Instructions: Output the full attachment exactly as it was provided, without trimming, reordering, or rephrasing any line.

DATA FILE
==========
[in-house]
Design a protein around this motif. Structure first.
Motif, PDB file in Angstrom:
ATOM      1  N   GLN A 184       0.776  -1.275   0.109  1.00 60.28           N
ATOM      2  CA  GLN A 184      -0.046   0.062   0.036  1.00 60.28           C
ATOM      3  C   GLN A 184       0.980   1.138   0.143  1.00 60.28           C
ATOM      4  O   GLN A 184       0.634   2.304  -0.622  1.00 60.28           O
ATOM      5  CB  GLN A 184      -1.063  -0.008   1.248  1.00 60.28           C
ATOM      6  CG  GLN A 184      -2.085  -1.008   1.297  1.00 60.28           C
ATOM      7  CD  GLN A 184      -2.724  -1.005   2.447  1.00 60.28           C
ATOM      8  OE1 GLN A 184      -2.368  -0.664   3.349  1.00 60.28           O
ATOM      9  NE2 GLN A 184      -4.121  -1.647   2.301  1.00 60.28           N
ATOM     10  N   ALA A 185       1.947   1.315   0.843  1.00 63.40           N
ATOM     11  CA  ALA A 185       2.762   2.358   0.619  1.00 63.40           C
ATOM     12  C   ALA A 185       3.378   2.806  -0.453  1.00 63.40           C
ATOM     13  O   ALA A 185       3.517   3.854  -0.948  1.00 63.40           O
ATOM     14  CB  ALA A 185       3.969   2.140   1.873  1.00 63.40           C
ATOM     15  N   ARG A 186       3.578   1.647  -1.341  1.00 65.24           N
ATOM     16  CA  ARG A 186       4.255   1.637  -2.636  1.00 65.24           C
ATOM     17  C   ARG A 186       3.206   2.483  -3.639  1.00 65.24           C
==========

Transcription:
[in-house]
Design a protein around this motif. Structure first.
Motif, PDB file in Angstrom:
ATOM      1  N   GLN A 184       0.776  -1.275   0.109  1.00 60.28           N
ATOM      2  CA  GLN A 184      -0.046   0.062   0.036  1.00 60.28           C
ATOM      3  C   GLN A 184       0.980   1.138   0.143  1.00 60.28           C
ATOM      4  O   GLN A 184       0.634   2.304  -0.622  1.00 60.28           O
ATOM      5  CB  GLN A 184      -1.063  -0.008   1.248  1.00 60.28           C
ATOM      6  CG  GLN A 184      -2.085  -1.008   1.297  1.00 60.28           C
ATOM      7  CD  GLN A 184      -2.724  -1.005   2.447  1.00 60.28           C
ATOM      8  OE1 GLN A 184      -2.368  -0.664   3.349  1.00 60.28           O
ATOM      9  NE2 GLN A 184      -4.121  -1.647   2.301  1.00 60.28           N
ATOM     10  N   ALA A 185       1.947   1.315   0.843  1.00 63.40           N
ATOM     11  CA  ALA A 185       2.762   2.358   0.619  1.00 63.40           C
ATOM     12  C   ALA A 185       3.378   2.806  -0.453  1.00 63.40           C
ATOM     13  O   ALA A 185       3.517   3.854  -0.948  1.00 63.40           O
ATOM     14  CB  ALA A 185       3.969   2.140   1.873  1.00 63.40           C
ATOM     15  N   ARG A 186       3.578   1.647  -1.341  1.00 65.24           N
ATOM     16  CA  ARG A 186       4.255   1.637  -2.636  1.00 65.24           C
ATOM     17  C   ARG A 186       3.206   2.483  -3.639  1.00 65.24           C